Methane Role In The Atmosphere

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I read that methane is an even worse greenhouse gas than carbon dioxide, and cattle are a big source of methane emissions. How are they going to regulate that? Not just cattle, but dairy cows as well! That doubles the worry.

Fortunately, there is really nothing to worry about, scientifically. The main thing to worry about is over-reacting politicians and another layer of unnecessary government regulations.

To understand methane’s role in the atmosphere, first it’s necessary to understand what absorption means. When light passes through a gas (sunlight through air, for example), some molecules in the gas might absorb a photon of light and jump up to an excited state. Every molecule is capable of absorbing some particular wavelengths of light, and no molecule absorbs all the light that comes along. This holds true across the entire electromagnetic spectrum – microwave, infrared, visible,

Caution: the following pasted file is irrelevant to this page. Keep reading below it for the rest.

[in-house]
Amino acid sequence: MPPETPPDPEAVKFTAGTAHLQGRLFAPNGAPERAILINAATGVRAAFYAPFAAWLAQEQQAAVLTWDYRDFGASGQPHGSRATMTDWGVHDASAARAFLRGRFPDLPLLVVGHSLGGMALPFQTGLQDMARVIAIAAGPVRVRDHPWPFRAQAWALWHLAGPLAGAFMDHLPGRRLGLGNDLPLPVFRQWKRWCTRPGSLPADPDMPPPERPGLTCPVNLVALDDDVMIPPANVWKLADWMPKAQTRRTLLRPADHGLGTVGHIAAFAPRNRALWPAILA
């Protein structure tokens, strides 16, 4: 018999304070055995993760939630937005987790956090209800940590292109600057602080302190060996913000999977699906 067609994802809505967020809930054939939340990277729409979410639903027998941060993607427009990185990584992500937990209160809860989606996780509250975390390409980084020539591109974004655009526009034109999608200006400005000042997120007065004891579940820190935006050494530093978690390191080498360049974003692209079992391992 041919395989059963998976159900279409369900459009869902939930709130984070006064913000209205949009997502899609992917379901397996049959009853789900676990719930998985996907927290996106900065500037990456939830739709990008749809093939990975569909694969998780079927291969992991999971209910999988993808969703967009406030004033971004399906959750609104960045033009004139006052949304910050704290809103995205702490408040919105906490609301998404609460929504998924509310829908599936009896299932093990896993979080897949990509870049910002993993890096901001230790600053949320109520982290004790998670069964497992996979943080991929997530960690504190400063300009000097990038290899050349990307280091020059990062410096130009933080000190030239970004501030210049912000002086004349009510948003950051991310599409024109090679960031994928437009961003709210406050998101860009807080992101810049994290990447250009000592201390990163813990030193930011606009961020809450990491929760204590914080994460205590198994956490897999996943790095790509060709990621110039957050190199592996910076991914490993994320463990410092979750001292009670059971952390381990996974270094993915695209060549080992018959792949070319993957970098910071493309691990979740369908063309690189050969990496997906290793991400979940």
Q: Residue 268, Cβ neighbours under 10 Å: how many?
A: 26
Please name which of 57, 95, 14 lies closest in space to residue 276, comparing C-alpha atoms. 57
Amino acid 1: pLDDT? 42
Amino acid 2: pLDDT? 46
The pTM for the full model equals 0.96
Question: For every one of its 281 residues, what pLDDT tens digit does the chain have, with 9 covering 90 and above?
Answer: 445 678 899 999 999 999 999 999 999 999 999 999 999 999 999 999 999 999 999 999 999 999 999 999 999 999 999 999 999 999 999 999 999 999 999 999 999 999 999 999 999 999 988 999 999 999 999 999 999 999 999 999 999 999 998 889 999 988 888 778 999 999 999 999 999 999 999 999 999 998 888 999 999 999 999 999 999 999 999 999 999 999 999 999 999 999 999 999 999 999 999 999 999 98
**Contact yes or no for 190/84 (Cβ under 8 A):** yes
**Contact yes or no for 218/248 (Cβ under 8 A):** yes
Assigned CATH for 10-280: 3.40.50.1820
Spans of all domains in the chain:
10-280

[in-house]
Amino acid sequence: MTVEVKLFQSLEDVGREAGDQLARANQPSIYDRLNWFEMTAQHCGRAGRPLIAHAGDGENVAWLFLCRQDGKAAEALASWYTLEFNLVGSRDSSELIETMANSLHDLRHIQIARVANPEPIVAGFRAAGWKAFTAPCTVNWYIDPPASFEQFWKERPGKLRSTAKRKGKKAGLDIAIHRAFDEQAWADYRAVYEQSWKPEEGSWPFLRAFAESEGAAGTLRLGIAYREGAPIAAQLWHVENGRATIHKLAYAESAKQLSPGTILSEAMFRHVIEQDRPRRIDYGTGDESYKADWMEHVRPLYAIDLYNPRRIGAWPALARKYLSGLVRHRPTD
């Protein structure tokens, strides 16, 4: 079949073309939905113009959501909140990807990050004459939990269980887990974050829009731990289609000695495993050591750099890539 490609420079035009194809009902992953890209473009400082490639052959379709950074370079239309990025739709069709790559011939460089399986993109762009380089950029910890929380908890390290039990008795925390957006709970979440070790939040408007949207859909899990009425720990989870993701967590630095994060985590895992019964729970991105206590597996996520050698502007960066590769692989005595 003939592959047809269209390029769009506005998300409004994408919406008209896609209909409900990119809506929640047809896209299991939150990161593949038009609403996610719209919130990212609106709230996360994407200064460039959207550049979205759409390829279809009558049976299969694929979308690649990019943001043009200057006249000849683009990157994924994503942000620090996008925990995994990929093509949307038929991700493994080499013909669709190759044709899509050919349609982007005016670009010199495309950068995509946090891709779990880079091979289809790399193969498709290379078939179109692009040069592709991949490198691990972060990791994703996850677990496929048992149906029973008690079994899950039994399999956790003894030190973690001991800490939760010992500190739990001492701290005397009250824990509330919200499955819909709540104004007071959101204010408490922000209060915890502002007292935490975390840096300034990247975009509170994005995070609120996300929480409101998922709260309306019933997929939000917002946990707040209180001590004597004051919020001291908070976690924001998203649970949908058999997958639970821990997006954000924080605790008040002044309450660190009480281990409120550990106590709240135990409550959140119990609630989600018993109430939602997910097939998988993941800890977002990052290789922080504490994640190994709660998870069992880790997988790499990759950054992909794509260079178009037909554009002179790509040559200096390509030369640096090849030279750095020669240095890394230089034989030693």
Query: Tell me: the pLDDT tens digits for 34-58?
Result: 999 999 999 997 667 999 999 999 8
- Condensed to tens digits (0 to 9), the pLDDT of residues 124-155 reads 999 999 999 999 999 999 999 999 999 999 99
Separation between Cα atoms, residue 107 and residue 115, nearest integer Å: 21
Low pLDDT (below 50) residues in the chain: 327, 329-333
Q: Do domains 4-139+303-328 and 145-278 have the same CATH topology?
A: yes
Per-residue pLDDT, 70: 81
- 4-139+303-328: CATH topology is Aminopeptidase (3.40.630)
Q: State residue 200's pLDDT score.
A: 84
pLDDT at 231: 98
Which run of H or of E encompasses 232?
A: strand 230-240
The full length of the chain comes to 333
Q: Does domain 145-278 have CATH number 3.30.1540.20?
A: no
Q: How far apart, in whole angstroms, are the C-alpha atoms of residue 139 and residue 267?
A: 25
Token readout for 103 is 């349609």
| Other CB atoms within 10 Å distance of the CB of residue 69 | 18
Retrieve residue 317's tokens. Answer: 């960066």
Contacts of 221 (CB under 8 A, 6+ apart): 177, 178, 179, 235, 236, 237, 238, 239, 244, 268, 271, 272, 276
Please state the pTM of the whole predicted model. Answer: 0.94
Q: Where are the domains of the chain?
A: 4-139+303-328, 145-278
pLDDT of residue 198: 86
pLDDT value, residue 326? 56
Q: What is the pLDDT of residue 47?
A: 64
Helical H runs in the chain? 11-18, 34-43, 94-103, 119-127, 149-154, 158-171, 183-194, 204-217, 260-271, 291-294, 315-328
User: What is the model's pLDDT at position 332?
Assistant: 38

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CH4 is 20 times more effective an absorber than CO2 – in those bands. However, CH4 is only 0.00017% (1.7 parts per million) of the atmosphere. Moreover, both of its bands occur at wavelengths where H2O is already absorbing substantially. Hence, any radiation that CH4 might absorb has already been absorbed by H2O. The ratio of the percentages of water to methane is such that the effects of CH4 are completely masked by H2O. The amount of CH4 must increase 100-fold to make it comparable to H2O.

Because of that, methane is irrelevant as a greenhouse gas. The high per-molecule absorption cross section of CH4 makes no difference at all in our real atmosphere.

Unfortunately, this numerical reality is overlooked by most people. There is a lot of misinformation floating around, causing needless worry. The tiny increases in methane associated with cows may elicit a few giggles, but it absolutely cannot be the basis for sane regulations or national

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